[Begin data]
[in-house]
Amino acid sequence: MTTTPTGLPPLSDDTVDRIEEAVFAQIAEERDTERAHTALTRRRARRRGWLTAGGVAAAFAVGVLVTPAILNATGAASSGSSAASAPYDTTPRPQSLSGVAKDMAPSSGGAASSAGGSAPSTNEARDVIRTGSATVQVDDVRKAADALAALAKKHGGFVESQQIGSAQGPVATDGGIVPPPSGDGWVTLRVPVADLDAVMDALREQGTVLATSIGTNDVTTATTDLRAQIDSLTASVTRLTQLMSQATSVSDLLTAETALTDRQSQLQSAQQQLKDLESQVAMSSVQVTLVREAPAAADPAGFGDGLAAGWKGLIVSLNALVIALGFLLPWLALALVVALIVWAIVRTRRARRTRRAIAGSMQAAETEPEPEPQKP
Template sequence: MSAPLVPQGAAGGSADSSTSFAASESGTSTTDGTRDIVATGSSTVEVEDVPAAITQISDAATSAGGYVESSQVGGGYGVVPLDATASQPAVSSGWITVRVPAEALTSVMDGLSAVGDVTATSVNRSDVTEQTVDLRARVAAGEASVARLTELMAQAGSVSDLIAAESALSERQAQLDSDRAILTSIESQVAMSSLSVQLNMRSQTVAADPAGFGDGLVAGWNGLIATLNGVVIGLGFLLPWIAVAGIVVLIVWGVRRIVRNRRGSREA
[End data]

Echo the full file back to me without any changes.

[in-house]
Amino acid sequence: MTTTPTGLPPLSDDTVDRIEEAVFAQIAEERDTERAHTALTRRRARRRGWLTAGGVAAAFAVGVLVTPAILNATGAASSGSSAASAPYDTTPRPQSLSGVAKDMAPSSGGAASSAGGSAPSTNEARDVIRTGSATVQVDDVRKAADALAALAKKHGGFVESQQIGSAQGPVATDGGIVPPPSGDGWVTLRVPVADLDAVMDALREQGTVLATSIGTNDVTTATTDLRAQIDSLTASVTRLTQLMSQATSVSDLLTAETALTDRQSQLQSAQQQLKDLESQVAMSSVQVTLVREAPAAADPAGFGDGLAAGWKGLIVSLNALVIALGFLLPWLALALVVALIVWAIVRTRRARRTRRAIAGSMQAAETEPEPEPQKP
Template sequence: MSAPLVPQGAAGGSADSSTSFAASESGTSTTDGTRDIVATGSSTVEVEDVPAAITQISDAATSAGGYVESSQVGGGYGVVPLDATASQPAVSSGWITVRVPAEALTSVMDGLSAVGDVTATSVNRSDVTEQTVDLRARVAAGEASVARLTELMAQAGSVSDLIAAESALSERQAQLDSDRAILTSIESQVAMSSLSVQLNMRSQTVAADPAGFGDGLVAGWNGLIATLNGVVIGLGFLLPWIAVAGIVVLIVWGVRRIVRNRRGSREA